Saturday, April 19, 2014

Charakku - The giant cooking cauldrons of Kerala

This is a Charakku, a type of famous cauldron from Kerala. Cast in bell metal (an alloy of tin and copper), these are said to be the largest cooking pots in the world. It is cast by a specific metal-worker community from Kerala, using the lost-wax method. They trace their genealogy from Vishwakarma.

The charakku is used in temples to cook sacred payasam (sweetened rice and milk porridge). In the past families also commissioned charakkus for wedding feasts, although this form of patronage now no longer commonly exists.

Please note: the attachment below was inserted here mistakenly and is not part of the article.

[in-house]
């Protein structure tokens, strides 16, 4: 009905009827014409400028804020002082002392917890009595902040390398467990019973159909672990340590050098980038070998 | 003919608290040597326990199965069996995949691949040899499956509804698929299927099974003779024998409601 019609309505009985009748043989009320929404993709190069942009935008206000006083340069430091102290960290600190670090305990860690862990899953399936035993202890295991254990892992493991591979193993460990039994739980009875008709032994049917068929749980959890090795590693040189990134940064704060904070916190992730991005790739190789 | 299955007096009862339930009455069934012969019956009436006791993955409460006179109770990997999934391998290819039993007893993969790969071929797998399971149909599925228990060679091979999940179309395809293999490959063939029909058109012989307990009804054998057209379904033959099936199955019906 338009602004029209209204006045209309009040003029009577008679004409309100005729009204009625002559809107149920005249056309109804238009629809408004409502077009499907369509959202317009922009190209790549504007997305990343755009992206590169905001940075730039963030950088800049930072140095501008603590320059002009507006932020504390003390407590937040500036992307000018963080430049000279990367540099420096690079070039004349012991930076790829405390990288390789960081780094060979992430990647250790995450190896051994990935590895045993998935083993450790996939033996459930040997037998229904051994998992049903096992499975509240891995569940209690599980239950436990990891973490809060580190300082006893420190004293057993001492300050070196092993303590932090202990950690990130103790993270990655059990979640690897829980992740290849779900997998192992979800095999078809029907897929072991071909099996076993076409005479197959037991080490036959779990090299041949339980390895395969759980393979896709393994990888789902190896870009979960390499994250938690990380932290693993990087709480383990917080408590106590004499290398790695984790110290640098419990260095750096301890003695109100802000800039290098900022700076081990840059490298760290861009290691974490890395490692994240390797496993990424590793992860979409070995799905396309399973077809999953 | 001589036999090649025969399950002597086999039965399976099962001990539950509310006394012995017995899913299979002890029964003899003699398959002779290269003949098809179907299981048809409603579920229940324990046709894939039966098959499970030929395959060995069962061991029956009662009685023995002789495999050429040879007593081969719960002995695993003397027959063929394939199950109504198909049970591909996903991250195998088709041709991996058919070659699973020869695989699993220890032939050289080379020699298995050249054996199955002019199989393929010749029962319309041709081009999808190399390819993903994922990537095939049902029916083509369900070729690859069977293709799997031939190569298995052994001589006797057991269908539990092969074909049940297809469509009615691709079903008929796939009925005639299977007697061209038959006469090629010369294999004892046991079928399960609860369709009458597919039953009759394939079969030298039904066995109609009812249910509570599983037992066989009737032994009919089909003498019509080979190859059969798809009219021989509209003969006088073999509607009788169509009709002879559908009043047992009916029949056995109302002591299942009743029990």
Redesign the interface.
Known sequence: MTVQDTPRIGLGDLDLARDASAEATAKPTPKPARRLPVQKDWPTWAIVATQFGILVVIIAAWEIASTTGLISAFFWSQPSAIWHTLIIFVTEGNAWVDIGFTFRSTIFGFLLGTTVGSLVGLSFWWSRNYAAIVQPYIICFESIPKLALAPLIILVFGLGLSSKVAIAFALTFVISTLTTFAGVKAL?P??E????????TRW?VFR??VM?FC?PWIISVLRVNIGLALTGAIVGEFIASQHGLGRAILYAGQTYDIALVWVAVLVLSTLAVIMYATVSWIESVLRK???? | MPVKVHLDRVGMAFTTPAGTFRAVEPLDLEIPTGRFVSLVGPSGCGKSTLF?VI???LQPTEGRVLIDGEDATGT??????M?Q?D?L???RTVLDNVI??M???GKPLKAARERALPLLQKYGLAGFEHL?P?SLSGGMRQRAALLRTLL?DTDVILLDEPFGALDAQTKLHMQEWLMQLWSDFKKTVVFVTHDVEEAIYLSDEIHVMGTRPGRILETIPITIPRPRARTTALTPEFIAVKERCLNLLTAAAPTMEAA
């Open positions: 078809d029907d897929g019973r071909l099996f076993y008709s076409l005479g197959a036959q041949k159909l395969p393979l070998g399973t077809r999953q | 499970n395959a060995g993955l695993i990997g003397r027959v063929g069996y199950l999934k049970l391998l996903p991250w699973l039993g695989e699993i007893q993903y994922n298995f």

The process of casting is extremely complicated. A minute change in the temperature or consistency of clay or metal, or variation in the heating process, can ruin the vessel. Naturally the metal-workers begin the process only after ritual prayers.

Solar and lunar marks are often cast on the sides. The design has not changed over centuries; the curved handles and the heart-shaped design below the handle is commonly seen in old charakkus. This craft is dying for lack of patronage.

No comments:

Post a Comment